Molybdenum, an essential mineral, plays an important role in your body’s biological functions. Although this trace mineral is available in liquid and capsule form, food is the main source for most people. Molybdenum is commonly found in legumes, including beans, peas and lentils, leafy vegetables, grains, nuts and liver. Mineral water or “hard” tap water may also contain molybdenum.
May Protect Against Cancer
Molybdenum is a necessary soil component for preventing the growth of cancer-producing agents, known as nitrosamines, in plant foods.
An article published in “Cancer Research” in August 1980 noted that research conducted in the Taihang Mountain Range area in northern China concerning cancer-causing agents responsible for numerous cases of esophageal cancer determined that deficiencies of trace elements, such as molybdenum, in the soil play a possible role in the high incidence of cancer. It’s thought that when there’s a deficiency of molybdenum uptake in plants, nitrosamines are produced because nitrate reductase — an enzyme — can’t perform properly without its molybdenum co-factor.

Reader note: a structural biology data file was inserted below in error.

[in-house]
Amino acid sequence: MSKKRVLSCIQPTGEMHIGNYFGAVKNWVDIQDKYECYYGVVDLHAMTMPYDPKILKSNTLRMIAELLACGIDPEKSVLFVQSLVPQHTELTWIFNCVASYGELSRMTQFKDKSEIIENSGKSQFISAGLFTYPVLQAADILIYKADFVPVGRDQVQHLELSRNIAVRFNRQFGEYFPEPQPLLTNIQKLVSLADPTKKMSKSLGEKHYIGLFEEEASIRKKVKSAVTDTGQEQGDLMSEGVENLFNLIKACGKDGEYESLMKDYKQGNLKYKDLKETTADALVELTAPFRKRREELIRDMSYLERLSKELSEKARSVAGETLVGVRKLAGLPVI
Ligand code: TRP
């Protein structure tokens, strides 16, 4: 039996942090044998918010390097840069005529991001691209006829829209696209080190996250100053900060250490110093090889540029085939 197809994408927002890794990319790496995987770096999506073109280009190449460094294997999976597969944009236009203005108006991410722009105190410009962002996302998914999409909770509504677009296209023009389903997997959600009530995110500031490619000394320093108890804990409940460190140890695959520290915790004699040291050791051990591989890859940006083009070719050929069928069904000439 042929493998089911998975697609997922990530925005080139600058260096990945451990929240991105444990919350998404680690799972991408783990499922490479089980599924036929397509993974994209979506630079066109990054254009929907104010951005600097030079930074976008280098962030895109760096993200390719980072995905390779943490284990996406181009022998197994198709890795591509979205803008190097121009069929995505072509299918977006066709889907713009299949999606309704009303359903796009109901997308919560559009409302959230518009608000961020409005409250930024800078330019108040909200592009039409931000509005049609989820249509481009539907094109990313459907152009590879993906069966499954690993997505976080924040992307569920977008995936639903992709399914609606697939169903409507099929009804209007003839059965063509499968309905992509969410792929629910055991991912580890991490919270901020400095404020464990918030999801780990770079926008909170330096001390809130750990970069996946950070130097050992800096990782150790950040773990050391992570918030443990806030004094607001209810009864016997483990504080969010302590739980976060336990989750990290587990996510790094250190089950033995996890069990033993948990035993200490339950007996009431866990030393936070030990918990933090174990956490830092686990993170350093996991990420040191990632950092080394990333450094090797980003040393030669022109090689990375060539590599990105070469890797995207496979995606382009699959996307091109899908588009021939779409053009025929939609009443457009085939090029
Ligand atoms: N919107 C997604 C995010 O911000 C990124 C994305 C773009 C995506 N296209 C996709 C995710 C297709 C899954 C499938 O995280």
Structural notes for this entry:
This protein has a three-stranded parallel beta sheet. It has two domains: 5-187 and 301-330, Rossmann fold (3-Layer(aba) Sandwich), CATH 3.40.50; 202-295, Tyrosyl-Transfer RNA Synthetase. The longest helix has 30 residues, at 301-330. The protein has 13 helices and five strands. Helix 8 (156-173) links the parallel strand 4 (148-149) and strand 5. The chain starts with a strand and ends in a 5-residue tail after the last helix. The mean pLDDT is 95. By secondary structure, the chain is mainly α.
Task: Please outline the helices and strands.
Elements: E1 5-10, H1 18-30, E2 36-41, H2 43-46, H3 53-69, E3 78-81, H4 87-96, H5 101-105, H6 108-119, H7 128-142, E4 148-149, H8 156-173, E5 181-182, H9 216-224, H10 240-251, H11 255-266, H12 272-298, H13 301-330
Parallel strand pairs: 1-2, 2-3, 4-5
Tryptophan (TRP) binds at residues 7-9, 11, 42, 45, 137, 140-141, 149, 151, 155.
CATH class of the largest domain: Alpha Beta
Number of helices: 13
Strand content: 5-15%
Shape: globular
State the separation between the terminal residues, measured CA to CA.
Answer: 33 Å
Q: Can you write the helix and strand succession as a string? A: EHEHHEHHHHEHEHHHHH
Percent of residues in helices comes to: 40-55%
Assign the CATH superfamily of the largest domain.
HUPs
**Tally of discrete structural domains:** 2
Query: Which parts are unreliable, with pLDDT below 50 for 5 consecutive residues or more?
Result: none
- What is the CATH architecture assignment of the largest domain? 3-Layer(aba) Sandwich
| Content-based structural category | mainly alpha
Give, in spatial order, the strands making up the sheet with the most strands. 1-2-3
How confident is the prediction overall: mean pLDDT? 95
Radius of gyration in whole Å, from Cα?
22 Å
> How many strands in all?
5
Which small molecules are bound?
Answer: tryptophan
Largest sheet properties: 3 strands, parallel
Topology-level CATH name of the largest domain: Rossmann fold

Catalyst for Enzymes
Molybdenum helps to jumpstart four of your body’s important enzymes. It works as a co-factor for sulfite oxidase, which is necessary for metabolism of sulfur-containing amino acids; xanthine oxidase, which contributes to antioxidant capacity of the blood; aldehyde oxidase, which joins with xanthine oxidase in the metabolism of drugs and toxins; and mitochondrial amidoxime-reducing component, which accelerates the removal of certain toxic substances.
Fights Inflammatory and Autoimmune Diseases
Tetrathiomolybdate, a form of molybdenum with four sulfur atoms, lowers copper levels in the body, which makes it effective in the treatment of fibrotic, inflammatory and autoimmune diseases. A study published in the “Journal of Inorganic Biochemistry” in May 2006 noted that in animal studies tetrathiomolybdate dramatically inhibits pulmonary and liver fibrosis, which is thickening and scarring of tissue, helps prevent liver damage from acetaminophen and reduces heart damage from doxorubicin, a bacterial antibiotic. Tetrathiomolybdate also shows a partially protective effect against diabetes.
The recommended dosage of molybdenum should be safe and effective. Ingesting excessive amounts, however, could in theory lead to copper deficiency, according to New York University Langone Medical Center. The center advises that people with serious kidney disease should consult a physician before taking molybdenum or any other supplement.
The daily value set by the U.S. Food and Drug Administration is 75 micrograms based on a 2,000-calorie-per-day diet.